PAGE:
Frankly speaking, I wished to put together CI and CD thoughts. But the post became too large. So, I’ve got the idea to separate them and take the easier way for reading. It’s still TL/DR, but not so exhausted.
Continuous Delivery is not a technology
The same thing matters Continuous Integration. They are methodologies, practices, principles. Ok, techniques. But not technologies!
Continuous Delivery practice gets a build artifact and checks the system product quality. My thought that CD is a bunch of blackbox testing to check the functionality, performance, high load acceptability. Our app didn’t become slower, the general functions still work as predicted, we can still handle plenty of concurrent requests and so on.
Continuous Deployment is more complicated, but possible. Continuous Deployment doesn’t include the human factor. It’s going to release on production environment. Surely this process has some triggers like release statistics, current load and so on. But anyway be automated. Not every team comes to this solution.
Check what you have
To get started with Delivery, you have to apply the CI methodology in your process at first. To get started with Deployment, have a Delivery. 3 methodologies looks like a my birthplace symbol. I mean each practice includes another within themselves.
Eventually I’ve got the CD pipeline run on Jenkins with specific parameters. The pipeline was written the similar way as the CI i described before.
- Terraform appliance
At first we have to launch the staging environment. In our case staging is on-demand environment. It means we have to start from scratch. To launch on-demand instances we use Terraform. This pipeline step runs ”terraform apply” command. It launches the copy of production environment for real case testing. Environment includes asg, launch configuration, load balancer and DNS record attached to balancer. That way we’ll get one EC2 instance to run the service.
If we already have a Staging, Terraform just will make sure it works. Terraform is idempotent tool, i.e. oriented on current state than in action. It just will skip this step.
- Payment gateway switch
Here is the Ansible playbook which runs Nginx role on payment gateway service. It creates the staging vhost symlink to ”sites-enabled” and reloads Nginx to apply changes. Won’t dive into details, it’s just our needs as every project have.
- CodeDeploy deployment
If we set deploy flag to yes in Jenkins build parameters – the Python script will run. It starts new CodeDeploy revision of last package passed through QA before. It should be succeeded, so that way we run the software on staging environment.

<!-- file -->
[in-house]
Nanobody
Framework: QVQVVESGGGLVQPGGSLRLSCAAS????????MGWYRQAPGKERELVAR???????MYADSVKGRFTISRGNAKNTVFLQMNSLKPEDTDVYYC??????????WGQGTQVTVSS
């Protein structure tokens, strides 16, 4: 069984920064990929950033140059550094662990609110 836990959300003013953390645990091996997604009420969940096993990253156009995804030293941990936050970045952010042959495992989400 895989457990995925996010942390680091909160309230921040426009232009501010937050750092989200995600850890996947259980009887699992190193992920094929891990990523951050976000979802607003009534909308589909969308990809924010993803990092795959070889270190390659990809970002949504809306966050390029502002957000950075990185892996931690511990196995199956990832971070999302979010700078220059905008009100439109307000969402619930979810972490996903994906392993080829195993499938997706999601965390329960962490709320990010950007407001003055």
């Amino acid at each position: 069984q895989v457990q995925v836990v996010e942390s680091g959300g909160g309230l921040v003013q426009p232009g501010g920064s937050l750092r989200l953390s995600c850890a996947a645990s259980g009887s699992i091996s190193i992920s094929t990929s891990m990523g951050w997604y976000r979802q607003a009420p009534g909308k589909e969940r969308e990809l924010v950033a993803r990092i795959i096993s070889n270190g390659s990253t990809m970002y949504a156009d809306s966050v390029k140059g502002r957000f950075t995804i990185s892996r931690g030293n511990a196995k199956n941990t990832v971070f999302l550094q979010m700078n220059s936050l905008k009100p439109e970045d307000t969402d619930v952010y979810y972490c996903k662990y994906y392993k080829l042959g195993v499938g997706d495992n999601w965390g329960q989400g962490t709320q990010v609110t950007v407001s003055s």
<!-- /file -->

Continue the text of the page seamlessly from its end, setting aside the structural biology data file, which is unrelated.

- Ansible provisioning
Also we’ll need some maintenance in staging server. Here is the Ruby tool which changes SSH config. The goal – get current machine IP got from AWS API. Finally Ansible connects to set IP and provision the instance. Provisioning includes Filebeat configuration to ship the app logs to Logstash. The feature lies in changed hostname and EC2 instance ID injected into Filebeat fields.
- System testing
Here is kind of E2E to run basic queries trying all application functions. The purpose – verify it works as before. It could be discovery page scroll, payment transaction, video upload and so on. The tool is protractor.js – Selenium web-driver analog.
- Performance testing
Here is the 3 concurrent rps to 5 the most usable HTTP requests. Each iteration is dynamically time-measured. If 95th percentile takes longer than limit some time, the test will be failed. Otherwise it will print the average HTTP request time. So, that way we’ll check the performance changes: did it become faster or slower.
The testing tool is the Yandex.Tank utility. It has pretty easy configuration and failover workflow. The Yandex.Tank job is wrapped into Bash script. The wrapper adds iteration and average time calculation.
- Load testing
Here we check application high load acceptability. We run load test with Yandex.Tank with predicted rps count. During the test we look at the hardware utilization from remote monitoring. The metrics for search are CPU system time and load average, RAM usage and network bandwidth use. Finaly the shell wrapper makes the metrics analysis. If any metric is more than limit – the test will be failed.
- Security testing
Here is just the basic check of new possible vulnerabilities. Here is the 2 tools to check the security integrity:
- ZAProxy checks the HTTP response of web service as a user. It may be called a blackbox testing. It generates a simple HTML report. Report is saved as an artifact with possibility to download and investigate. Report may include security vulnerabilities. There may be bad HTTP headers, non-secured connection and so on and so forth.
- nsp utility scans Node.js modules list and checks are they reliable or not. It prints all security vulnerabilities from obsolete modules versions if any exists. Returns an error code if any exists.
What about Continuous Deployment?
I’ve got the deployment practice, but not continuous. It’s just a one step – push the revision with AWS CodeDeploy. Amazon provides CodeDeploy as a tool for painless deploys with no extra charges. With CodeDeploy we’ve got file checksums verification technique. Finally it gets the changelist and makes the changed files replacement. Of course, CodeDeploy can run scripts/commands before/after deployment. The concept is easy and running fast on existing environment.
Should we have fully automated deploy? Good question. It’s not the technical problem, but the cultural one. Also that’s would be great to learn how to deploy on different hardware platforms. Mostly I mean self-hosted.
- Roll-forward is better than rollback. You can’t get a full rollback. You database may be changed, data will be always changed, some uses found the bug. Instead prepare the new release when problem has been learned and fixed.